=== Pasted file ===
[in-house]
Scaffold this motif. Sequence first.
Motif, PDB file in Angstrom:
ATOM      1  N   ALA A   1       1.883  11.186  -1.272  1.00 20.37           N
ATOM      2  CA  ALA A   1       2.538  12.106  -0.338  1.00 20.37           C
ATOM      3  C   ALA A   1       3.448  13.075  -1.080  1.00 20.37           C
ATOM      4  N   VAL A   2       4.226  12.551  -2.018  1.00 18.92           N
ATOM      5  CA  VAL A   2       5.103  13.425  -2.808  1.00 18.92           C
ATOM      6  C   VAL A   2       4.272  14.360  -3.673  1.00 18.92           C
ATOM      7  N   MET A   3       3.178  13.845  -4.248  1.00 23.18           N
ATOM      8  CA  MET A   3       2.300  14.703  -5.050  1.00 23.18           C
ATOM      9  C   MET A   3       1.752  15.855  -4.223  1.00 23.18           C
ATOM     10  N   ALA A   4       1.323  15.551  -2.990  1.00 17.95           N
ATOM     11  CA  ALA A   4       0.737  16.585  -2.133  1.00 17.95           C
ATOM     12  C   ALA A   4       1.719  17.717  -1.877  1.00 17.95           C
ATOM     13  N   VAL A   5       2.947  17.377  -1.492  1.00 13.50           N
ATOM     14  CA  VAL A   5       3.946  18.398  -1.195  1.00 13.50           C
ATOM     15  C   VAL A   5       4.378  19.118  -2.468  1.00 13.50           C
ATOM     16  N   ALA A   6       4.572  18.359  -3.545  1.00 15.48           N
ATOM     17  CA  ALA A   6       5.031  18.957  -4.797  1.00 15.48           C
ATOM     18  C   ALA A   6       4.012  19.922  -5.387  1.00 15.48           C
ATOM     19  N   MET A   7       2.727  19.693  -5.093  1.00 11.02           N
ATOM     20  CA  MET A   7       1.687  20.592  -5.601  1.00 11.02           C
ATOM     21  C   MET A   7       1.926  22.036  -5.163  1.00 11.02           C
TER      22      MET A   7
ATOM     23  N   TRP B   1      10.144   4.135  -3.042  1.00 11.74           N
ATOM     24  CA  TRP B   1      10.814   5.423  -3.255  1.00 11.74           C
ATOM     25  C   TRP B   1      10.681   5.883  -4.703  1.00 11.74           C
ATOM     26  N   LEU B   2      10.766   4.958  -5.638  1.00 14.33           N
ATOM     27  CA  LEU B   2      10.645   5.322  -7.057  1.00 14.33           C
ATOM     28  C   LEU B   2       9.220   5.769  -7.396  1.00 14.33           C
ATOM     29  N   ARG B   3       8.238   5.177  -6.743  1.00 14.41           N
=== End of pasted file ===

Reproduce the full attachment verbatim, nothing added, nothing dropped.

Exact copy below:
[in-house]
Scaffold this motif. Sequence first.
Motif, PDB file in Angstrom:
ATOM      1  N   ALA A   1       1.883  11.186  -1.272  1.00 20.37           N
ATOM      2  CA  ALA A   1       2.538  12.106  -0.338  1.00 20.37           C
ATOM      3  C   ALA A   1       3.448  13.075  -1.080  1.00 20.37           C
ATOM      4  N   VAL A   2       4.226  12.551  -2.018  1.00 18.92           N
ATOM      5  CA  VAL A   2       5.103  13.425  -2.808  1.00 18.92           C
ATOM      6  C   VAL A   2       4.272  14.360  -3.673  1.00 18.92           C
ATOM      7  N   MET A   3       3.178  13.845  -4.248  1.00 23.18           N
ATOM      8  CA  MET A   3       2.300  14.703  -5.050  1.00 23.18           C
ATOM      9  C   MET A   3       1.752  15.855  -4.223  1.00 23.18           C
ATOM     10  N   ALA A   4       1.323  15.551  -2.990  1.00 17.95           N
ATOM     11  CA  ALA A   4       0.737  16.585  -2.133  1.00 17.95           C
ATOM     12  C   ALA A   4       1.719  17.717  -1.877  1.00 17.95           C
ATOM     13  N   VAL A   5       2.947  17.377  -1.492  1.00 13.50           N
ATOM     14  CA  VAL A   5       3.946  18.398  -1.195  1.00 13.50           C
ATOM     15  C   VAL A   5       4.378  19.118  -2.468  1.00 13.50           C
ATOM     16  N   ALA A   6       4.572  18.359  -3.545  1.00 15.48           N
ATOM     17  CA  ALA A   6       5.031  18.957  -4.797  1.00 15.48           C
ATOM     18  C   ALA A   6       4.012  19.922  -5.387  1.00 15.48           C
ATOM     19  N   MET A   7       2.727  19.693  -5.093  1.00 11.02           N
ATOM     20  CA  MET A   7       1.687  20.592  -5.601  1.00 11.02           C
ATOM     21  C   MET A   7       1.926  22.036  -5.163  1.00 11.02           C
TER      22      MET A   7
ATOM     23  N   TRP B   1      10.144   4.135  -3.042  1.00 11.74           N
ATOM     24  CA  TRP B   1      10.814   5.423  -3.255  1.00 11.74           C
ATOM     25  C   TRP B   1      10.681   5.883  -4.703  1.00 11.74           C
ATOM     26  N   LEU B   2      10.766   4.958  -5.638  1.00 14.33           N
ATOM     27  CA  LEU B   2      10.645   5.322  -7.057  1.00 14.33           C
ATOM     28  C   LEU B   2       9.220   5.769  -7.396  1.00 14.33           C
ATOM     29  N   ARG B   3       8.238   5.177  -6.743  1.00 14.41           N